Troubled Museums Like Twain House Must Plot Path To Success
By KATHERINE D. KANE
July 06, 2008
Recent eye-popping stories on museums in financial trouble are the public face of a national epidemic. Edith Wharton's Massachusetts home, The Mount, and The Mark Twain House's fiscal challenges are examples of a national trend attracting notoriety and questions. There are no simple solutions to long-term sustainability. But there are lessons from other sites that can shape the community conversations about the viability of our cultural institutions.
Today, as executive director of the Harriet Beecher Stowe Center, neighbor to the Mark Twain House, I find myself fielding questions from the public and community leaders: "Are you going to save the Twain House?"
That is not a question that I can answer. No one person or organization can "save" the Twain House. The issues are long-term sustainability, excellent programming, meeting and exceeding audience expectations, and rebuilding community trust and support.
Museums across the country are wrestling with these issues. Many find themselves unable to meet expenses while competing for attendance, attention and income with a host of other attractions. Building projects, and their capital requirements and subsequent operating expenses, can add overwhelming financial strain.
In Massachusetts, The Mount, Wharton's home, is trying to raise $3 million by Oct. 31. A year ago, Virginia's Colonial Williamsburg, suffering declines in attendance and revenue, sold one of its sites, Carter's Grove. In Philadelphia, 300 historic sites are competing to survive, some with annual attendance as low as 200.
I've been in the museum business for 30 years. I was drawn to Hartford nine years ago by the compelling story of Harriet Beecher Stowe, the most famous American woman of the 19th century. Stowe wrote to change the world; the issues she struggled with still shape it. The Stowe Center's mission is to use her story to inspire positive change.
The center's ambitious programs are rooted in Stowe's activism and directly relate to contemporary issues. Our Salons at Stowe series responded to people's interest in being part of the discussion on how history connects with their lives. Institutionally, the Stowe Center is fiscally prudent and programmatically strong. Community partnerships — local, state and national — have been key to our success.
Stowe and Twain were friendly neighbors for decades; both are towering figures in literature and American culture. Their homes are Hartford treasures and international destinations.
When I arrived in Hartford, I was excited about the possibilities of collaborating with a complementary site. The prospect of cross-promoting two literary giants seemed irresistible. In the past two years, the Stowe Center and the Mark Twain House have grown shared programming and marketing, including joint programs for school groups and a teacher institute this summer.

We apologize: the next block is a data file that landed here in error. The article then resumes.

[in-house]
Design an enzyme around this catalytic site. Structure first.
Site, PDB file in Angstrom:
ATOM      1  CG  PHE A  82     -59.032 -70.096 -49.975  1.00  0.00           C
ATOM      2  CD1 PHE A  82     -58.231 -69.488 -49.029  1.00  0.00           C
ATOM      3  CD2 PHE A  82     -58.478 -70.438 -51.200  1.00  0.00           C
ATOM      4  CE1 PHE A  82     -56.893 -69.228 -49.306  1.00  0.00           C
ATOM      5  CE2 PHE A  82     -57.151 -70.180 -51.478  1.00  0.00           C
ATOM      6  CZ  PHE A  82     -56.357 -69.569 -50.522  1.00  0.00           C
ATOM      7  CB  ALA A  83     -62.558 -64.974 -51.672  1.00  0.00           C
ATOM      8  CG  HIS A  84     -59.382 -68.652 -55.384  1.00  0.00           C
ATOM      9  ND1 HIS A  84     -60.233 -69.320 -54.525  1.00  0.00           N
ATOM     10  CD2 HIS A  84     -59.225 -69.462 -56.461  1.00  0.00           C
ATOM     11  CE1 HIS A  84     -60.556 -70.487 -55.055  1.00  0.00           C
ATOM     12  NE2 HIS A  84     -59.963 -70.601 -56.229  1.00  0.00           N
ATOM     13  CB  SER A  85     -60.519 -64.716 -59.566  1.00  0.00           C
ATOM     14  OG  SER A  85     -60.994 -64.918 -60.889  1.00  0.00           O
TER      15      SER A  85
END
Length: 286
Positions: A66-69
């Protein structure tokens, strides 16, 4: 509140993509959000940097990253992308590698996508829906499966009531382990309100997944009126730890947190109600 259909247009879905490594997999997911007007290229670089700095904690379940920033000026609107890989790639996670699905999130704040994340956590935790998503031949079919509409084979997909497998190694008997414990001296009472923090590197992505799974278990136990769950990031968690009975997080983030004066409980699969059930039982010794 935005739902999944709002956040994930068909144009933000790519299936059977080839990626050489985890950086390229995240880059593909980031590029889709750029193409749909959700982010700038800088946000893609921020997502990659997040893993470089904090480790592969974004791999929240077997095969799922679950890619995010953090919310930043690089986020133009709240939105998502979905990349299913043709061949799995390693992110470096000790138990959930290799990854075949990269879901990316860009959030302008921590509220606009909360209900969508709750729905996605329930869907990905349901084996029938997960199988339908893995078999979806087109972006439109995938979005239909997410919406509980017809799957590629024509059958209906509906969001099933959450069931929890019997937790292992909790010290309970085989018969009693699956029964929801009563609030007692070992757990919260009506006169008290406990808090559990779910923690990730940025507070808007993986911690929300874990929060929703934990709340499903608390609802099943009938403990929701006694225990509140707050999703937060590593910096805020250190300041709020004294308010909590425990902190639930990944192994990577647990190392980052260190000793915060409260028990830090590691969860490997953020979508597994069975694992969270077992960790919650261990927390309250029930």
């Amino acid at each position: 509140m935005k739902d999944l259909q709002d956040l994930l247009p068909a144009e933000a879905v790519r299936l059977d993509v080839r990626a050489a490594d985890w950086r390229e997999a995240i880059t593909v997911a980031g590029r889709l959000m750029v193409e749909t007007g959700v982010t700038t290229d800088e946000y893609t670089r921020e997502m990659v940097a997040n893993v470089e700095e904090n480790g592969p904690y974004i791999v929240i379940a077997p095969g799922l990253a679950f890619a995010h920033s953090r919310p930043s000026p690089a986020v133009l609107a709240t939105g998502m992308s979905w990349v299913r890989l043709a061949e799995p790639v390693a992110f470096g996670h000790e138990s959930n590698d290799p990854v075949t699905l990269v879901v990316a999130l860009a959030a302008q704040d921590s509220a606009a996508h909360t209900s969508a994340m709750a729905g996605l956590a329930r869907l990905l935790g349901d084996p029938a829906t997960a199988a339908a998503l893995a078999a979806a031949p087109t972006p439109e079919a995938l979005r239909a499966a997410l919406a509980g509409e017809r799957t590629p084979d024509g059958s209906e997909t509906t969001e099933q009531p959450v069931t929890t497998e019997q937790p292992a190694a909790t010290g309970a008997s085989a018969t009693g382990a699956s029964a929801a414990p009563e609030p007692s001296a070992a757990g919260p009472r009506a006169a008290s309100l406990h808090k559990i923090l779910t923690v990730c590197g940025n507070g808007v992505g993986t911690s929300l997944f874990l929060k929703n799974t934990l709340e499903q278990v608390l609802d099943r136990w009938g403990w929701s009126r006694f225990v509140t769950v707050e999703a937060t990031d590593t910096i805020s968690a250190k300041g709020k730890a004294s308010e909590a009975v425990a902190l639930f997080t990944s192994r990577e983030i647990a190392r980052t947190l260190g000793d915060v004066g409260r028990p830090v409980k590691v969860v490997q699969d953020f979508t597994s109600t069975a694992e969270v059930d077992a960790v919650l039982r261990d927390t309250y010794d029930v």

Last spring, I was invited to a conversation convened by the National Trust for Historic Preservation, the American Association for State and Local History and the American Association of Museums. We looked at ways to sustain historic sites where attendance has slipped, financial challenges are growing and the public feels exhibits and programs are irrelevant and unresponsive. The conference concluded with a call for change, especially:
• Museums need to be more flexible and adaptive to audience expectations.
• Sites must look to the future rather than the past.
• Communities and foundations should refocus support from short-term giving to building the long-term capacity to survive and thrive.
As an accreditation commissioner for the American Association of Museums, I have taken a long look at sustainability and excellence for museums. Successful organizations have vision and prioritize activities and resources. They bring their communities into the thinking about their future.
There are no quick fixes when a museum faces significant operating shortfalls. Emergency funding keeps the doors open, but does not ensure long-term — or even medium-term — success.
In Hartford, Stowe and Twain represent two key figures of the 19th century — arguably the most famous American authors of their time. They are international attractions for the region, places of pride for the state and community anchors in the neighborhood. They provide historical context for audiences eager to understand the foundation for contemporary life. Both are important cultural resources, as tourist attractions, as educational venues and as places for community programs.
The Stowe Center welcomes the opportunity to continue to work side by side with the Mark Twain House for our mutual benefit and, more important, for the benefit of Hartford and Connecticut.
Katherine D. Kane is executive director of the Harriet Beecher Stowe Center.
Reprinted with permission of the Hartford Courant.
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